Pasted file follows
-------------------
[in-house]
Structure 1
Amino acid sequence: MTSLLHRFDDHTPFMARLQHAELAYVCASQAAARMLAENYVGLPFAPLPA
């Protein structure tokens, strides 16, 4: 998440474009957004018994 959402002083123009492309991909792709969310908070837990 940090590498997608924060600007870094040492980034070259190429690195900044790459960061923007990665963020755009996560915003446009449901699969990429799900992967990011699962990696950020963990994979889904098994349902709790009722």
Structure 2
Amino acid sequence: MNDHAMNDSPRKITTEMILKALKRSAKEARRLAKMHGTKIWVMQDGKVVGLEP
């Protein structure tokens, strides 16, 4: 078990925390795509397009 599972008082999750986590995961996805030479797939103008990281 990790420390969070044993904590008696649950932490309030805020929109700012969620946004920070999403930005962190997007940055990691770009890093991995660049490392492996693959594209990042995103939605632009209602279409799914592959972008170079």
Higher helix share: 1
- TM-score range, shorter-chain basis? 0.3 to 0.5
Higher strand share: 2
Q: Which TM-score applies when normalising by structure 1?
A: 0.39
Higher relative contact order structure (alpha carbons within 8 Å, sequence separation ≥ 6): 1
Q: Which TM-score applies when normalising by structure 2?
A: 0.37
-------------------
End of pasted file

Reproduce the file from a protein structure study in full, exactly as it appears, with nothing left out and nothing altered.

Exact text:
[in-house]
Structure 1
Amino acid sequence: MTSLLHRFDDHTPFMARLQHAELAYVCASQAAARMLAENYVGLPFAPLPA
């Protein structure tokens, strides 16, 4: 998440474009957004018994 959402002083123009492309991909792709969310908070837990 940090590498997608924060600007870094040492980034070259190429690195900044790459960061923007990665963020755009996560915003446009449901699969990429799900992967990011699962990696950020963990994979889904098994349902709790009722």
Structure 2
Amino acid sequence: MNDHAMNDSPRKITTEMILKALKRSAKEARRLAKMHGTKIWVMQDGKVVGLEP
């Protein structure tokens, strides 16, 4: 078990925390795509397009 599972008082999750986590995961996805030479797939103008990281 990790420390969070044993904590008696649950932490309030805020929109700012969620946004920070999403930005962190997007940055990691770009890093991995660049490392492996693959594209990042995103939605632009209602279409799914592959972008170079």
Higher helix share: 1
- TM-score range, shorter-chain basis? 0.3 to 0.5
Higher strand share: 2
Q: Which TM-score applies when normalising by structure 1?
A: 0.39
Higher relative contact order structure (alpha carbons within 8 Å, sequence separation ≥ 6): 1
Q: Which TM-score applies when normalising by structure 2?
A: 0.37